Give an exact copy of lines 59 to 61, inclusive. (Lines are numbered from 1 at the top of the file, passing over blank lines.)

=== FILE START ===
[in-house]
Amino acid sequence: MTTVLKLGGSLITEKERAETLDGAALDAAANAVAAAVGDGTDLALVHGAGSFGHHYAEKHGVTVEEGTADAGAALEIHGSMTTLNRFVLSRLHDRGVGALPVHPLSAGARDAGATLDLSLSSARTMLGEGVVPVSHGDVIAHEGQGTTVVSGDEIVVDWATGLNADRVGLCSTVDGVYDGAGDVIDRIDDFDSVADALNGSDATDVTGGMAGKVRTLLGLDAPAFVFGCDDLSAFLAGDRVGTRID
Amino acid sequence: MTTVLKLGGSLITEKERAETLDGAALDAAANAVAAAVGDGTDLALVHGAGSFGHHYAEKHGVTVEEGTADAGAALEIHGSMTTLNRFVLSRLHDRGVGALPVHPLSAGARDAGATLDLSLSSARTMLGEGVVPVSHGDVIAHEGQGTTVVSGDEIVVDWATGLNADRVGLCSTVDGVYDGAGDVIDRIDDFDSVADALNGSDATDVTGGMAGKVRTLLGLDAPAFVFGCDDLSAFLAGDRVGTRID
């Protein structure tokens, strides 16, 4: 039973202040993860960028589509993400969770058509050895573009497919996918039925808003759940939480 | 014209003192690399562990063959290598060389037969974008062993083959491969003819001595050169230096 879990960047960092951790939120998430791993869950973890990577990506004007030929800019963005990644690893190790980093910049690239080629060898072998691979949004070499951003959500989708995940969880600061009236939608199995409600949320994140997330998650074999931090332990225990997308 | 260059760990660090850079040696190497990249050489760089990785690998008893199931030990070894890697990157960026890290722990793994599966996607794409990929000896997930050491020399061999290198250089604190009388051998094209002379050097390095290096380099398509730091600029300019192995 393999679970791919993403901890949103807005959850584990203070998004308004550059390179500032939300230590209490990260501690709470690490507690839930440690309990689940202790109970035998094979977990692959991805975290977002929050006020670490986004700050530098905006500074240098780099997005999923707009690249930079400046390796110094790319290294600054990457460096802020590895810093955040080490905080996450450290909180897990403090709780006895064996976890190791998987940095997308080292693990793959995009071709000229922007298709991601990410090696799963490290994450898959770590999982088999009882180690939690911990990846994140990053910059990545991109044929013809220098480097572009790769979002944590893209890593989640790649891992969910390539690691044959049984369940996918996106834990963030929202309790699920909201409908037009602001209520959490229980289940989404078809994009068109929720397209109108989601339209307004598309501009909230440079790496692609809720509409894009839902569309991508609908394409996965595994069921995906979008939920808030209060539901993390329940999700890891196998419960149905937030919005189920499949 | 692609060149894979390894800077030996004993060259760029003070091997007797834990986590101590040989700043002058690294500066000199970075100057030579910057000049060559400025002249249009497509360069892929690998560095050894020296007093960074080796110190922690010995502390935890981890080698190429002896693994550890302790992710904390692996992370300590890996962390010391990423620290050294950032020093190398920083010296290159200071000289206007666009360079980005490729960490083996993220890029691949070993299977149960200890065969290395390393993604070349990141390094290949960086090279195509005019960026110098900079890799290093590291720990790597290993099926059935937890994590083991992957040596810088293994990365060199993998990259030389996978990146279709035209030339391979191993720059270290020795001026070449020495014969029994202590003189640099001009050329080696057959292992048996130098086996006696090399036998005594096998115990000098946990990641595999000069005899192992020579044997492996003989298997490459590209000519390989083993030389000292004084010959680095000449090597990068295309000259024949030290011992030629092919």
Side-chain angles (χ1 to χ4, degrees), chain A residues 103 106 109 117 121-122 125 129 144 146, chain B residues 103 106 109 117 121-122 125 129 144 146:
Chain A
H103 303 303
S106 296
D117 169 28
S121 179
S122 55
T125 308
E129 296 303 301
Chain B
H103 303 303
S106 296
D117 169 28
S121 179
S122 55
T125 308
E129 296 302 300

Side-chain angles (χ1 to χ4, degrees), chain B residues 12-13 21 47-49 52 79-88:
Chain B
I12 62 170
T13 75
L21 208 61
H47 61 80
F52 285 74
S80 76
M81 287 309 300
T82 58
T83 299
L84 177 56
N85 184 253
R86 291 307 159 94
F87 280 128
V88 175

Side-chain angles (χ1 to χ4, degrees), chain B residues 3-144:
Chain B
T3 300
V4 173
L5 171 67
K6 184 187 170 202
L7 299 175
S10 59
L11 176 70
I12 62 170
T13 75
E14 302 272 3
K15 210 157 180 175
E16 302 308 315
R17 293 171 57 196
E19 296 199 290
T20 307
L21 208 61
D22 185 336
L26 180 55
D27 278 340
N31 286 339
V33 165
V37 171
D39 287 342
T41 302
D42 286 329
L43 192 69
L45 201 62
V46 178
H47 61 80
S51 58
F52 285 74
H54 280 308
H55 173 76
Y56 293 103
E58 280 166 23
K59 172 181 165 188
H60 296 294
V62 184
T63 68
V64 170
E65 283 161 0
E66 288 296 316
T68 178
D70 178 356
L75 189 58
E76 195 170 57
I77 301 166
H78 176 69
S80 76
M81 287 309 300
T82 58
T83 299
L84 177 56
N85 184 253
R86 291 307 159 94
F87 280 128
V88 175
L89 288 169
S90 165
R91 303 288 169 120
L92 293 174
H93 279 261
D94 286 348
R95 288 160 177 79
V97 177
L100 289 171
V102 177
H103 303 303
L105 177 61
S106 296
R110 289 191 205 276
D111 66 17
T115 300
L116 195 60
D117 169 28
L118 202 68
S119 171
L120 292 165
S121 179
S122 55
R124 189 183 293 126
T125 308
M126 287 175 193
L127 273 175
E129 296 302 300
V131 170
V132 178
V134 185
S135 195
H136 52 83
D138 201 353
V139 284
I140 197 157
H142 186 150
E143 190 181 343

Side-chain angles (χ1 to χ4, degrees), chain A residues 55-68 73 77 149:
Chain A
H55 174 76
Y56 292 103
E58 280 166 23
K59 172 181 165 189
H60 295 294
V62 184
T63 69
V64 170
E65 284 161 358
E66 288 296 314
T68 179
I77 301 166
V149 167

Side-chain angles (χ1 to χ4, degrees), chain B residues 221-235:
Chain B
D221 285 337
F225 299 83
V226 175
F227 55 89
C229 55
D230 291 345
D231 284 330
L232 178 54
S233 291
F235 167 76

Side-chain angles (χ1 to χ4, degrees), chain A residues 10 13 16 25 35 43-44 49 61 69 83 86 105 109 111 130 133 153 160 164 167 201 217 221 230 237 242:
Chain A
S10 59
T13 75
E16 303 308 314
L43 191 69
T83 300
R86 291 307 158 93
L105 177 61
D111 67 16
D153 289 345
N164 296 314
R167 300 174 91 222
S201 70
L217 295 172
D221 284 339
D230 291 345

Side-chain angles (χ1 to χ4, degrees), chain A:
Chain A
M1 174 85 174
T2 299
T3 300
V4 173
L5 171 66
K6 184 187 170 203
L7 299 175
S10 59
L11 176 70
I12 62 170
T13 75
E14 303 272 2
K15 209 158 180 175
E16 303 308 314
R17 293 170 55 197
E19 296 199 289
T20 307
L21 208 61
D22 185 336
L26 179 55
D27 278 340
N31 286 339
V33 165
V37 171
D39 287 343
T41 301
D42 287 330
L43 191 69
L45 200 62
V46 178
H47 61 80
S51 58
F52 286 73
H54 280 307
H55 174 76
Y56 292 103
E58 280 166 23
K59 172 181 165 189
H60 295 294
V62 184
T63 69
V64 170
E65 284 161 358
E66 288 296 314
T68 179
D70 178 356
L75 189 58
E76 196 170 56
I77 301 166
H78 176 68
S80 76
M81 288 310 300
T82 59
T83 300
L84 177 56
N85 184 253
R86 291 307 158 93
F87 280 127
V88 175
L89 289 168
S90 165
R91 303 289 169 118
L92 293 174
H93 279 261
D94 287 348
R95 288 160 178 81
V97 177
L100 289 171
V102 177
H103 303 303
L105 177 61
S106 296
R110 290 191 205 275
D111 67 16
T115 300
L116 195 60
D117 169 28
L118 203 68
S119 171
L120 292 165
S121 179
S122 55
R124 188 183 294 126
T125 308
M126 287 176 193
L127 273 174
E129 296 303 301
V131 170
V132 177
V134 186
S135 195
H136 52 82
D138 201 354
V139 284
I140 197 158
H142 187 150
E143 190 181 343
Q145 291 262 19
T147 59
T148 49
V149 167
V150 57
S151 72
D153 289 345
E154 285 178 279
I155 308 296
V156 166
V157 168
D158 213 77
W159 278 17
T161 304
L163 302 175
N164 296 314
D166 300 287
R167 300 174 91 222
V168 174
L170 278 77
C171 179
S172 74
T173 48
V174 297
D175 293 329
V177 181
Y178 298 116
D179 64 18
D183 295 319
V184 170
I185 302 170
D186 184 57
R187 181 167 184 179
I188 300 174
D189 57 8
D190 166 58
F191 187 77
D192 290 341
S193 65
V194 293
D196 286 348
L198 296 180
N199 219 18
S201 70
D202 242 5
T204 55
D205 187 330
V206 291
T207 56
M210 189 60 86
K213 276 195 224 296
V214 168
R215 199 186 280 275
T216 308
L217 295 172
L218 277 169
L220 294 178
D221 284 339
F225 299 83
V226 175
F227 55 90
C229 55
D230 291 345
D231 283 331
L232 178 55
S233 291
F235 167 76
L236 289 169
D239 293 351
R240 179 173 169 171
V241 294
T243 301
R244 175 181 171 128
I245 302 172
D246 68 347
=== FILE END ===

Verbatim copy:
N31 286 339
V33 165
V37 171